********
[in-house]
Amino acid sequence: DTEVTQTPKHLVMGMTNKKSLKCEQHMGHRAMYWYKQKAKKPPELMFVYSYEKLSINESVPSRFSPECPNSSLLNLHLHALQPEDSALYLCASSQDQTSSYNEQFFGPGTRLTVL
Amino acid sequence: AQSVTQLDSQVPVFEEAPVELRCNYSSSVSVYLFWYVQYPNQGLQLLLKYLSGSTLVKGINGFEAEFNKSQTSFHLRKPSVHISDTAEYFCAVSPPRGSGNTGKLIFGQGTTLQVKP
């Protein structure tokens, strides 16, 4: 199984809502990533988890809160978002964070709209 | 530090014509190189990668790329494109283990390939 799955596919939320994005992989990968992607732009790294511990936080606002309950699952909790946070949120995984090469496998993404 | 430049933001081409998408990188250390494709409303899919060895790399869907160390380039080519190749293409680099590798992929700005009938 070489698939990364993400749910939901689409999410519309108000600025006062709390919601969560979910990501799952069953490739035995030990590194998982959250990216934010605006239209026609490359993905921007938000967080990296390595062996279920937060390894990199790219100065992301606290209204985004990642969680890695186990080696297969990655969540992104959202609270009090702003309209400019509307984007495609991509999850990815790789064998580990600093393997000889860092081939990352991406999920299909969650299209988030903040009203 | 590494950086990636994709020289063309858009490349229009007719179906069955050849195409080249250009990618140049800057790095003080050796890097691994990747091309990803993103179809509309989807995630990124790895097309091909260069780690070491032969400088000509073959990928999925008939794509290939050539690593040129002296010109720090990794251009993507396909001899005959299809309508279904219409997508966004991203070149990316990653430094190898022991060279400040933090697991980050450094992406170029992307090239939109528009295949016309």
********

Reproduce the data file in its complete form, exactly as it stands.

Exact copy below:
[in-house]
Amino acid sequence: DTEVTQTPKHLVMGMTNKKSLKCEQHMGHRAMYWYKQKAKKPPELMFVYSYEKLSINESVPSRFSPECPNSSLLNLHLHALQPEDSALYLCASSQDQTSSYNEQFFGPGTRLTVL
Amino acid sequence: AQSVTQLDSQVPVFEEAPVELRCNYSSSVSVYLFWYVQYPNQGLQLLLKYLSGSTLVKGINGFEAEFNKSQTSFHLRKPSVHISDTAEYFCAVSPPRGSGNTGKLIFGQGTTLQVKP
């Protein structure tokens, strides 16, 4: 199984809502990533988890809160978002964070709209 | 530090014509190189990668790329494109283990390939 799955596919939320994005992989990968992607732009790294511990936080606002309950699952909790946070949120995984090469496998993404 | 430049933001081409998408990188250390494709409303899919060895790399869907160390380039080519190749293409680099590798992929700005009938 070489698939990364993400749910939901689409999410519309108000600025006062709390919601969560979910990501799952069953490739035995030990590194998982959250990216934010605006239209026609490359993905921007938000967080990296390595062996279920937060390894990199790219100065992301606290209204985004990642969680890695186990080696297969990655969540992104959202609270009090702003309209400019509307984007495609991509999850990815790789064998580990600093393997000889860092081939990352991406999920299909969650299209988030903040009203 | 590494950086990636994709020289063309858009490349229009007719179906069955050849195409080249250009990618140049800057790095003080050796890097691994990747091309990803993103179809509309989807995630990124790895097309091909260069780690070491032969400088000509073959990928999925008939794509290939050539690593040129002296010109720090990794251009993507396909001899005959299809309508279904219409997508966004991203070149990316990653430094190898022991060279400040933090697991980050450094992406170029992307090239939109528009295949016309």